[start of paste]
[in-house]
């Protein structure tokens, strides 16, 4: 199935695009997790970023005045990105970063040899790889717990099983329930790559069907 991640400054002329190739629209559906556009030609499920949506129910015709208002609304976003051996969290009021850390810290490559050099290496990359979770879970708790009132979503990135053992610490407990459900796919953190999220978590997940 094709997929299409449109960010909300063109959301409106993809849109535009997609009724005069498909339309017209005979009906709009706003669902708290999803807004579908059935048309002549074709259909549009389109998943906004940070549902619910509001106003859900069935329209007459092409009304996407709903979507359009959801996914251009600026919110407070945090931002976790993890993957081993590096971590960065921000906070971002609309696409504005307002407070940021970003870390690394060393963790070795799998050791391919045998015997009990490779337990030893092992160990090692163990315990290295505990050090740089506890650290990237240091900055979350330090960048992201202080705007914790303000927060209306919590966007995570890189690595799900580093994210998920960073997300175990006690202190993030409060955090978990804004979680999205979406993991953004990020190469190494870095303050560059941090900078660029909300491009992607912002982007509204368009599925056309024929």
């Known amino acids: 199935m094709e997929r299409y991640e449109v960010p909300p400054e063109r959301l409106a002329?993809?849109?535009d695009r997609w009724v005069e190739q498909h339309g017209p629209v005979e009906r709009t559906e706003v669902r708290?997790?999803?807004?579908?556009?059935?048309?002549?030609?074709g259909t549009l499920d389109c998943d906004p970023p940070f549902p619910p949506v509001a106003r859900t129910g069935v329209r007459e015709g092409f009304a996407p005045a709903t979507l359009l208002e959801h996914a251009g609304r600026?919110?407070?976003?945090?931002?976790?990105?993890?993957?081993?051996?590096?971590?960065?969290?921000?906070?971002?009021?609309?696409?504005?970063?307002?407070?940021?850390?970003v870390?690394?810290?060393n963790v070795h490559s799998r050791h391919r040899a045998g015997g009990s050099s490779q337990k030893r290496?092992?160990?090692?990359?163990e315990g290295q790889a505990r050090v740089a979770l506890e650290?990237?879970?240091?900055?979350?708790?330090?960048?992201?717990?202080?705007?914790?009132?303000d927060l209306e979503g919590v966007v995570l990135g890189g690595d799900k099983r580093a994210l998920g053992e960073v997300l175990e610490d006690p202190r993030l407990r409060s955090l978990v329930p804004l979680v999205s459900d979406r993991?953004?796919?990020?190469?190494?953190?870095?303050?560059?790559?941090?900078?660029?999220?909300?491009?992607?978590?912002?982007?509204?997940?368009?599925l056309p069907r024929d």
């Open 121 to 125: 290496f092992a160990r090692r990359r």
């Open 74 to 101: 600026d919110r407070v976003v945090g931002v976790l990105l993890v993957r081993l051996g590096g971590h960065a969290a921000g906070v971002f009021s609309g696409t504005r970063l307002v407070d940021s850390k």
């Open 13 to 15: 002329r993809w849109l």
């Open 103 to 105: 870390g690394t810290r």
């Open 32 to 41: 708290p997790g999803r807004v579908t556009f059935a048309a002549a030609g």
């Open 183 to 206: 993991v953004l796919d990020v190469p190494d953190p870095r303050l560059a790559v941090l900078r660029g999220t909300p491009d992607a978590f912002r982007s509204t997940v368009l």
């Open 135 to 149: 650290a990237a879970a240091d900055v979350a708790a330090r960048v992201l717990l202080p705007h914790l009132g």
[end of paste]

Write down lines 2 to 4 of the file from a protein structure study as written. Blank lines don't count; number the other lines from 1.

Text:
């Protein structure tokens, strides 16, 4: 199935695009997790970023005045990105970063040899790889717990099983329930790559069907 991640400054002329190739629209559906556009030609499920949506129910015709208002609304976003051996969290009021850390810290490559050099290496990359979770879970708790009132979503990135053992610490407990459900796919953190999220978590997940 094709997929299409449109960010909300063109959301409106993809849109535009997609009724005069498909339309017209005979009906709009706003669902708290999803807004579908059935048309002549074709259909549009389109998943906004940070549902619910509001106003859900069935329209007459092409009304996407709903979507359009959801996914251009600026919110407070945090931002976790993890993957081993590096971590960065921000906070971002609309696409504005307002407070940021970003870390690394060393963790070795799998050791391919045998015997009990490779337990030893092992160990090692163990315990290295505990050090740089506890650290990237240091900055979350330090960048992201202080705007914790303000927060209306919590966007995570890189690595799900580093994210998920960073997300175990006690202190993030409060955090978990804004979680999205979406993991953004990020190469190494870095303050560059941090900078660029909300491009992607912002982007509204368009599925056309024929």
């Known amino acids: 199935m094709e997929r299409y991640e449109v960010p909300p400054e063109r959301l409106a002329?993809?849109?535009d695009r997609w009724v005069e190739q498909h339309g017209p629209v005979e009906r709009t559906e706003v669902r708290?997790?999803?807004?579908?556009?059935?048309?002549?030609?074709g259909t549009l499920d389109c998943d906004p970023p940070f549902p619910p949506v509001a106003r859900t129910g069935v329209r007459e015709g092409f009304a996407p005045a709903t979507l359009l208002e959801h996914a251009g609304r600026?919110?407070?976003?945090?931002?976790?990105?993890?993957?081993?051996?590096?971590?960065?969290?921000?906070?971002?009021?609309?696409?504005?970063?307002?407070?940021?850390?970003v870390?690394?810290?060393n963790v070795h490559s799998r050791h391919r040899a045998g015997g009990s050099s490779q337990k030893r290496?092992?160990?090692?990359?163990e315990g290295q790889a505990r050090v740089a979770l506890e650290?990237?879970?240091?900055?979350?708790?330090?960048?992201?717990?202080?705007?914790?009132?303000d927060l209306e979503g919590v966007v995570l990135g890189g690595d799900k099983r580093a994210l998920g053992e960073v997300l175990e610490d006690p202190r993030l407990r409060s955090l978990v329930p804004l979680v999205s459900d979406r993991?953004?796919?990020?190469?190494?953190?870095?303050?560059?790559?941090?900078?660029?999220?909300?491009?992607?978590?912002?982007?509204?997940?368009?599925l056309p069907r024929d």
């Open 121 to 125: 290496f092992a160990r090692r990359r």